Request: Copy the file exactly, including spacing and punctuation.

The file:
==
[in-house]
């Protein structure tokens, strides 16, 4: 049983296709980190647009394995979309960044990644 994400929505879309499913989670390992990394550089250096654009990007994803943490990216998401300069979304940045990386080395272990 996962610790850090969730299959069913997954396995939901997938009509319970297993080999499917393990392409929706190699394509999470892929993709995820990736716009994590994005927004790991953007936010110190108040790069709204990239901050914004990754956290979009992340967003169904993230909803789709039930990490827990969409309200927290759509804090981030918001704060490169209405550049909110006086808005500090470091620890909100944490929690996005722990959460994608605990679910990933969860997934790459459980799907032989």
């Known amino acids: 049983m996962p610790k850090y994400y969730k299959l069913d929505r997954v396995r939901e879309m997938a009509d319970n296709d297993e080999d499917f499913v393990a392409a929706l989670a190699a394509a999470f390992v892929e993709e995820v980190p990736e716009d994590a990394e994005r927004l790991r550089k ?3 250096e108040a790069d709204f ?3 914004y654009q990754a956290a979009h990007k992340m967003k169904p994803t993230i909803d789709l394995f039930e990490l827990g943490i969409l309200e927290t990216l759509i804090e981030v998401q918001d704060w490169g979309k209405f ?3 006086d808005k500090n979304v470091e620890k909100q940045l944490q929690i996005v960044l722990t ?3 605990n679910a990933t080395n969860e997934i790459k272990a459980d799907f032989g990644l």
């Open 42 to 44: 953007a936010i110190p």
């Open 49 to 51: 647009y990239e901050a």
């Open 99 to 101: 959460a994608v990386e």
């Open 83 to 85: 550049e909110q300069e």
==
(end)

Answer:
[in-house]
């Protein structure tokens, strides 16, 4: 049983296709980190647009394995979309960044990644 994400929505879309499913989670390992990394550089250096654009990007994803943490990216998401300069979304940045990386080395272990 996962610790850090969730299959069913997954396995939901997938009509319970297993080999499917393990392409929706190699394509999470892929993709995820990736716009994590994005927004790991953007936010110190108040790069709204990239901050914004990754956290979009992340967003169904993230909803789709039930990490827990969409309200927290759509804090981030918001704060490169209405550049909110006086808005500090470091620890909100944490929690996005722990959460994608605990679910990933969860997934790459459980799907032989």
């Known amino acids: 049983m996962p610790k850090y994400y969730k299959l069913d929505r997954v396995r939901e879309m997938a009509d319970n296709d297993e080999d499917f499913v393990a392409a929706l989670a190699a394509a999470f390992v892929e993709e995820v980190p990736e716009d994590a990394e994005r927004l790991r550089k ?3 250096e108040a790069d709204f ?3 914004y654009q990754a956290a979009h990007k992340m967003k169904p994803t993230i909803d789709l394995f039930e990490l827990g943490i969409l309200e927290t990216l759509i804090e981030v998401q918001d704060w490169g979309k209405f ?3 006086d808005k500090n979304v470091e620890k909100q940045l944490q929690i996005v960044l722990t ?3 605990n679910a990933t080395n969860e997934i790459k272990a459980d799907f032989g990644l």
């Open 42 to 44: 953007a936010i110190p």
């Open 49 to 51: 647009y990239e901050a």
């Open 99 to 101: 959460a994608v990386e």
């Open 83 to 85: 550049e909110q300069e």